Pat Newcomb first met Marilyn Monroe in 1956, when she was assigned to the star as a publicist during filming of Bus
Stop. However, this initial association ended badly. According to Fred Lawrence Guiles (Legend: The Life And Death
Of Marilyn Monroe), Marilyn became angry when Pat flirted with a man she was interested in. Marilyn felt that her
trust had been abused, and Pat was quickly replaced.

In 1960, Marilyn’s long-term publicist, Rupert Allan, moved to Monaco to represent Princess Grace, and suggested
that Marilyn hire Pat Newcomb. Pat re-entered Marilyn’s life just as Marilyn split from her third husband, Arthur
Miller. Pat’s first task was to accompany Marilyn when she left her New York apartment after the news broke. Pat
ushered a pale, shaky Marilyn, wearing a scarf and dark glasses, into a waiting car and informed reporters that her
client would not be answering questions.

Over the next two years, Pat was at Marilyn’s side during many key moments: Marilyn’s divorce hearing, which Pat
cleverly timed to coincide with President Kennedy’s inauguration, thus ensuring minimal publicity; leaving hospital
after a mental breakdown, and subsequent illnesses; and more happily, on holiday in Mexico, and when Marilyn
serenaded Kennedy on his birthday, at Madison Square Garden.

Just four years younger than Marilyn, Pat’s background could not have been more incongruous. She came from a
middle-class Boston family, and as a child had attended family parties at the Kennedy home. She knew the younger
Kennedys well, and was especially close to Bobby, who would become Attorney General under his brother’s
administration.

Marilyn, on the hand, had known poverty and hardship from an early age. People like Pat Newcomb and the Kennedys
must have seemed very secure and self-assured to Marilyn, still affected by the emotional scars of her childhood - even
then, in her prime as one of the most admired women in America.  

Prior to the 1960 election, Marilyn had apparently shown little interest in the Kennedy brothers. In fact, she thought
Jack Kennedy was too inexperienced for the presidency. But like many Americans, she soon warmed to his youth and
charisma. She was also friendly with his sister, Patricia, wife of actor Peter Lawford.   

Pat Newcomb was known for her extreme loyalty and protectiveness towards Marilyn, and some likened their
relationship to that of competitive, but devoted sisters. In June 1962, Marilyn was fired by Twentieth Century Fox
after repeated absences from the set of Something’s Got To Give. As Marilyn’s spokeswoman, Pat defended her
robustly and engineered a series of high-profile magazine interviews, garnering public sympathy for Marilyn and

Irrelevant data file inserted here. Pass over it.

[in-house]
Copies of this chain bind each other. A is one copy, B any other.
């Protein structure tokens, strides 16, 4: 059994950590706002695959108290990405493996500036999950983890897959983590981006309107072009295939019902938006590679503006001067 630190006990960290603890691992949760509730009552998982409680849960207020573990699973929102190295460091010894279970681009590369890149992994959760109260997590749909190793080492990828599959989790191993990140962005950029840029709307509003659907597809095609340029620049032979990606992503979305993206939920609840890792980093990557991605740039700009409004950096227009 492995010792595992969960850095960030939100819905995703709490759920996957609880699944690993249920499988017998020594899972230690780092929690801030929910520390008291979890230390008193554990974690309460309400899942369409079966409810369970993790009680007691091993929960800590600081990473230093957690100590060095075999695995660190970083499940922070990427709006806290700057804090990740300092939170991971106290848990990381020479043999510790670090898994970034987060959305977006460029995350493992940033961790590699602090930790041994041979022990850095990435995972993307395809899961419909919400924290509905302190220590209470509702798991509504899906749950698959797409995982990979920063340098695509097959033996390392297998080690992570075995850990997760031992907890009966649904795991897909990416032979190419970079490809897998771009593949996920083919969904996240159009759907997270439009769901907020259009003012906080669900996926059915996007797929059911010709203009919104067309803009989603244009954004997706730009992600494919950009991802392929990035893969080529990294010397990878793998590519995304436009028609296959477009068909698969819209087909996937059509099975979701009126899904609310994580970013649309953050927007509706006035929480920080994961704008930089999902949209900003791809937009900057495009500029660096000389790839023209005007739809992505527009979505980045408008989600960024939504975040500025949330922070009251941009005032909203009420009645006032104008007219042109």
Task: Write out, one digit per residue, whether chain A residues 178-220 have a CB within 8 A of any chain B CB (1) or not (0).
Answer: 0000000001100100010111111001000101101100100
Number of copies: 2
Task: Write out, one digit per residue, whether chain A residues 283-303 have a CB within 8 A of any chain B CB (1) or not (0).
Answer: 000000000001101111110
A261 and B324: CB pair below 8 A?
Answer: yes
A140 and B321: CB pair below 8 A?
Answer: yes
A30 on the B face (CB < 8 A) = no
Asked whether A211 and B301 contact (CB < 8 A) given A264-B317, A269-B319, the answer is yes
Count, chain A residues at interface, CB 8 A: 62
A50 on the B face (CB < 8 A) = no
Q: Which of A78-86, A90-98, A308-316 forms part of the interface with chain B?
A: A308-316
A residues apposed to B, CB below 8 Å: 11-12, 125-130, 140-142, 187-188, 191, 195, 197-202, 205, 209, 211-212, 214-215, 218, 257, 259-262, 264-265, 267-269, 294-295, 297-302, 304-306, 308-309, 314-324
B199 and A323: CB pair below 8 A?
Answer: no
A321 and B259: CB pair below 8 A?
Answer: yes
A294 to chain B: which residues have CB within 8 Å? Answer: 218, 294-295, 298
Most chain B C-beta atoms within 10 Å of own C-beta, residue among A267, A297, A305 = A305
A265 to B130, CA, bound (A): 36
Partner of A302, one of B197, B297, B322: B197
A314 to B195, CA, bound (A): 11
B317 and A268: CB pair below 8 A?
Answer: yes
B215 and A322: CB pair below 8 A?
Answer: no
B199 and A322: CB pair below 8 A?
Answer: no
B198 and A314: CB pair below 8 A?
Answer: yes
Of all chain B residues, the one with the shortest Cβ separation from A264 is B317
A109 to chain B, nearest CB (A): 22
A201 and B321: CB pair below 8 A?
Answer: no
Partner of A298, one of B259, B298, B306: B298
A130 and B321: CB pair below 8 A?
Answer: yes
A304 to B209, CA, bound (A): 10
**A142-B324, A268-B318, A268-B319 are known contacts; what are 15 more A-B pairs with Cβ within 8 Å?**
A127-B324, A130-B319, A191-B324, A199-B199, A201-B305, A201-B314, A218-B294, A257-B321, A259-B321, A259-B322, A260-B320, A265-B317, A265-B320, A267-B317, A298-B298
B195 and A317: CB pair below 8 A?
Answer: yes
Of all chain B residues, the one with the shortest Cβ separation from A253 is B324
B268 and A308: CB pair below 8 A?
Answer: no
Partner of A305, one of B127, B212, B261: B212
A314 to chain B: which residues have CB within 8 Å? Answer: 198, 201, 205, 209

paving the way for her eventual reinstatement.

On Friday, August 3rd, Pat was a guest at Marilyn’s bungalow in a quiet suburb of Los Angeles. It is likely that they
would have discussed an item in Dorothy Kilgallen’s gossip column, published that day and syndicated nationwide.
Kilgallen had written that Marilyn was ‘vastly alluring to a handsome gentleman who is a bigger name than Joe
DiMaggio’, probably a thinly-veiled reference to Marilyn’s rumoured affair with JFK. This would have embarrassed
Marilyn, and put Pat in the awkward position of having to mediate between an old friend and her boss.

Pat was very sick with bronchitis, and Marilyn may have insisted that she stay the night. Some sources have stated that
the two women dined out with Peter Lawford that evening, but the manager of La Scala restaurant has said that Marilyn
ordered food to be brought to the house.

Next morning, Marilyn woke early after sleeping badly. She had suffered from insomnia for most of her adult life, so
this was not unusual. Housekeeper Eunice Murray recalled that Marilyn seemed irritable, especially when Pat slept
until noon. A day before, Marilyn’s physician had prescribed sedatives and it is possible that Marilyn may have let Pat
take one, but this has never been confirmed.

At lunchtime, Pat joined Marilyn by the pool, and Mrs Murray heard them bickering. It seems unlikely that Marilyn
was angry merely because Pat had slept well, so it may have been about something else – perhaps a work-related
matter, or else the Kennedys again.

Mrs Murray brought them both lunch, but Marilyn wasn’t hungry. It is at this point that the course of events becomes
unclear.

Mrs Murray has claimed that Bobby Kennedy and Peter Lawford arrived, apparently unannounced, at the house. Some